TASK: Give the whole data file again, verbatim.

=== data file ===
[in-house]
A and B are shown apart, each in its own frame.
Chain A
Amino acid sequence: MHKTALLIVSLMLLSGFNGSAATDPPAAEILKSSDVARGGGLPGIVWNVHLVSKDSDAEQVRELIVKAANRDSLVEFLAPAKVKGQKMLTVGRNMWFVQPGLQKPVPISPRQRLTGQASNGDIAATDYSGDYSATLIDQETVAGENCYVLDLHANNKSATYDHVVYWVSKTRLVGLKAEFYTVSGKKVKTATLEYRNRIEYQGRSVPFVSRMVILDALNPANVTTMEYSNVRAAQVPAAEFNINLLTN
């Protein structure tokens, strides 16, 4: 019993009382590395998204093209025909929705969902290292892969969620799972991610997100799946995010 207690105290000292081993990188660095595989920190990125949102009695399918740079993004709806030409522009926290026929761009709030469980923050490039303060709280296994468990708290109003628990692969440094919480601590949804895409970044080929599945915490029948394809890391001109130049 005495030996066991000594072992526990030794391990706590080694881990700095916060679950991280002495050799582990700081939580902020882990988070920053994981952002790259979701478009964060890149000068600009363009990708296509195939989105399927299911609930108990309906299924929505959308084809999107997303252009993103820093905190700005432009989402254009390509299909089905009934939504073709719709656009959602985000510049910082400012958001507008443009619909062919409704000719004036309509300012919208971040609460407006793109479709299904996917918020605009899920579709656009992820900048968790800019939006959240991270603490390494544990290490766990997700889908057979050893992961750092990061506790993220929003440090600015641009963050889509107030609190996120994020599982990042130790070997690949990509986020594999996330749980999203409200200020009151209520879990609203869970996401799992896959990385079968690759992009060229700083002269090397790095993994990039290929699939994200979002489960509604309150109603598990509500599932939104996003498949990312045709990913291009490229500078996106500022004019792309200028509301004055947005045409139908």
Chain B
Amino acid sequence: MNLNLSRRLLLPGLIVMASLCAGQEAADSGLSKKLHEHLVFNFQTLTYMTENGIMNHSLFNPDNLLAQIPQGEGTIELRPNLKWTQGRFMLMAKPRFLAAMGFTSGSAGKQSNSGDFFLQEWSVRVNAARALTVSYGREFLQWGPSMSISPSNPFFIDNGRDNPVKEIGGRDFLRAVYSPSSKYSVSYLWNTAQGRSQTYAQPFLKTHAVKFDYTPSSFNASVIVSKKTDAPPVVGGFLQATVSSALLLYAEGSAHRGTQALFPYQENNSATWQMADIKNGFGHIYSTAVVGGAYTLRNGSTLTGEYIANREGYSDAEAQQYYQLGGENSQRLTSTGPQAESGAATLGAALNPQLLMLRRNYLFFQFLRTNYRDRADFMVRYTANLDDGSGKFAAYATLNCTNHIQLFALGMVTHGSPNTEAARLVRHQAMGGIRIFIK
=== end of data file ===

[in-house]
A and B are shown apart, each in its own frame.
Chain A
Amino acid sequence: MHKTALLIVSLMLLSGFNGSAATDPPAAEILKSSDVARGGGLPGIVWNVHLVSKDSDAEQVRELIVKAANRDSLVEFLAPAKVKGQKMLTVGRNMWFVQPGLQKPVPISPRQRLTGQASNGDIAATDYSGDYSATLIDQETVAGENCYVLDLHANNKSATYDHVVYWVSKTRLVGLKAEFYTVSGKKVKTATLEYRNRIEYQGRSVPFVSRMVILDALNPANVTTMEYSNVRAAQVPAAEFNINLLTN
């Protein structure tokens, strides 16, 4: 019993009382590395998204093209025909929705969902290292892969969620799972991610997100799946995010 207690105290000292081993990188660095595989920190990125949102009695399918740079993004709806030409522009926290026929761009709030469980923050490039303060709280296994468990708290109003628990692969440094919480601590949804895409970044080929599945915490029948394809890391001109130049 005495030996066991000594072992526990030794391990706590080694881990700095916060679950991280002495050799582990700081939580902020882990988070920053994981952002790259979701478009964060890149000068600009363009990708296509195939989105399927299911609930108990309906299924929505959308084809999107997303252009993103820093905190700005432009989402254009390509299909089905009934939504073709719709656009959602985000510049910082400012958001507008443009619909062919409704000719004036309509300012919208971040609460407006793109479709299904996917918020605009899920579709656009992820900048968790800019939006959240991270603490390494544990290490766990997700889908057979050893992961750092990061506790993220929003440090600015641009963050889509107030609190996120994020599982990042130790070997690949990509986020594999996330749980999203409200200020009151209520879990609203869970996401799992896959990385079968690759992009060229700083002269090397790095993994990039290929699939994200979002489960509604309150109603598990509500599932939104996003498949990312045709990913291009490229500078996106500022004019792309200028509301004055947005045409139908």
Chain B
Amino acid sequence: MNLNLSRRLLLPGLIVMASLCAGQEAADSGLSKKLHEHLVFNFQTLTYMTENGIMNHSLFNPDNLLAQIPQGEGTIELRPNLKWTQGRFMLMAKPRFLAAMGFTSGSAGKQSNSGDFFLQEWSVRVNAARALTVSYGREFLQWGPSMSISPSNPFFIDNGRDNPVKEIGGRDFLRAVYSPSSKYSVSYLWNTAQGRSQTYAQPFLKTHAVKFDYTPSSFNASVIVSKKTDAPPVVGGFLQATVSSALLLYAEGSAHRGTQALFPYQENNSATWQMADIKNGFGHIYSTAVVGGAYTLRNGSTLTGEYIANREGYSDAEAQQYYQLGGENSQRLTSTGPQAESGAATLGAALNPQLLMLRRNYLFFQFLRTNYRDRADFMVRYTANLDDGSGKFAAYATLNCTNHIQLFALGMVTHGSPNTEAARLVRHQAMGGIRIFIK